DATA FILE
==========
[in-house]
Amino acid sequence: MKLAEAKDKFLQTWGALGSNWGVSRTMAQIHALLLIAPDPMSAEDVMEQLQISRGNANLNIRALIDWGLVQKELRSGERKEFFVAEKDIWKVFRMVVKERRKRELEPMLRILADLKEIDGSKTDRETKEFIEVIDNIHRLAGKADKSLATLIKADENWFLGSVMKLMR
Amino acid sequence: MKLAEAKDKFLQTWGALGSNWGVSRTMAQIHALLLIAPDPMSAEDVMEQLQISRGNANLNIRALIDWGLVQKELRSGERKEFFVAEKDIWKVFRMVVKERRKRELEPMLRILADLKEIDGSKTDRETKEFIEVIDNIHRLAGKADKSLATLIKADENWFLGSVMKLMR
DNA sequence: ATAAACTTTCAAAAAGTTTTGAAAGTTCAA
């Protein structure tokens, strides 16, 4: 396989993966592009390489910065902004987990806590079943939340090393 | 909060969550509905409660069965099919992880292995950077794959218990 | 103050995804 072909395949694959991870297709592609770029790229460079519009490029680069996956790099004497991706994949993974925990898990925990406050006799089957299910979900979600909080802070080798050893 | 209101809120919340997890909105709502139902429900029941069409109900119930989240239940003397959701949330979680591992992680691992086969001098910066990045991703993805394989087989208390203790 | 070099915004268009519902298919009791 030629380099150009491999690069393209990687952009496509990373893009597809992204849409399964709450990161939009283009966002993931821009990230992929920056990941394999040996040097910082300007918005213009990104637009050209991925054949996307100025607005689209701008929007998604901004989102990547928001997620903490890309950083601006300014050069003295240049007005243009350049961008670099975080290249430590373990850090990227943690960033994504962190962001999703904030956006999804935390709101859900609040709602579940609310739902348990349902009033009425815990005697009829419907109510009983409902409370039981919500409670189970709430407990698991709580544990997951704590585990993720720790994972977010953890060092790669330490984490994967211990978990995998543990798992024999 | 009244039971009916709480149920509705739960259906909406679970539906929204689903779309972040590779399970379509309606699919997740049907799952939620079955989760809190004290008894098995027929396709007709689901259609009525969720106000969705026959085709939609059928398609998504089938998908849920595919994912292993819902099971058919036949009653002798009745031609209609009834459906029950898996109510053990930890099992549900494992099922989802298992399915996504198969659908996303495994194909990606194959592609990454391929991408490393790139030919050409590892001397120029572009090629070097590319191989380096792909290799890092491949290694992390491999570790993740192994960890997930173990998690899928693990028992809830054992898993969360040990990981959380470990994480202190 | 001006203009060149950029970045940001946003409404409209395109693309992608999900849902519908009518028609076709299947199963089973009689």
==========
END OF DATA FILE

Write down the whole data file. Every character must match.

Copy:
[in-house]
Amino acid sequence: MKLAEAKDKFLQTWGALGSNWGVSRTMAQIHALLLIAPDPMSAEDVMEQLQISRGNANLNIRALIDWGLVQKELRSGERKEFFVAEKDIWKVFRMVVKERRKRELEPMLRILADLKEIDGSKTDRETKEFIEVIDNIHRLAGKADKSLATLIKADENWFLGSVMKLMR
Amino acid sequence: MKLAEAKDKFLQTWGALGSNWGVSRTMAQIHALLLIAPDPMSAEDVMEQLQISRGNANLNIRALIDWGLVQKELRSGERKEFFVAEKDIWKVFRMVVKERRKRELEPMLRILADLKEIDGSKTDRETKEFIEVIDNIHRLAGKADKSLATLIKADENWFLGSVMKLMR
DNA sequence: ATAAACTTTCAAAAAGTTTTGAAAGTTCAA
């Protein structure tokens, strides 16, 4: 396989993966592009390489910065902004987990806590079943939340090393 | 909060969550509905409660069965099919992880292995950077794959218990 | 103050995804 072909395949694959991870297709592609770029790229460079519009490029680069996956790099004497991706994949993974925990898990925990406050006799089957299910979900979600909080802070080798050893 | 209101809120919340997890909105709502139902429900029941069409109900119930989240239940003397959701949330979680591992992680691992086969001098910066990045991703993805394989087989208390203790 | 070099915004268009519902298919009791 030629380099150009491999690069393209990687952009496509990373893009597809992204849409399964709450990161939009283009966002993931821009990230992929920056990941394999040996040097910082300007918005213009990104637009050209991925054949996307100025607005689209701008929007998604901004989102990547928001997620903490890309950083601006300014050069003295240049007005243009350049961008670099975080290249430590373990850090990227943690960033994504962190962001999703904030956006999804935390709101859900609040709602579940609310739902348990349902009033009425815990005697009829419907109510009983409902409370039981919500409670189970709430407990698991709580544990997951704590585990993720720790994972977010953890060092790669330490984490994967211990978990995998543990798992024999 | 009244039971009916709480149920509705739960259906909406679970539906929204689903779309972040590779399970379509309606699919997740049907799952939620079955989760809190004290008894098995027929396709007709689901259609009525969720106000969705026959085709939609059928398609998504089938998908849920595919994912292993819902099971058919036949009653002798009745031609209609009834459906029950898996109510053990930890099992549900494992099922989802298992399915996504198969659908996303495994194909990606194959592609990454391929991408490393790139030919050409590892001397120029572009090629070097590319191989380096792909290799890092491949290694992390491999570790993740192994960890997930173990998690899928693990028992809830054992898993969360040990990981959380470990994480202190 | 001006203009060149950029970045940001946003409404409209395109693309992608999900849902519908009518028609076709299947199963089973009689």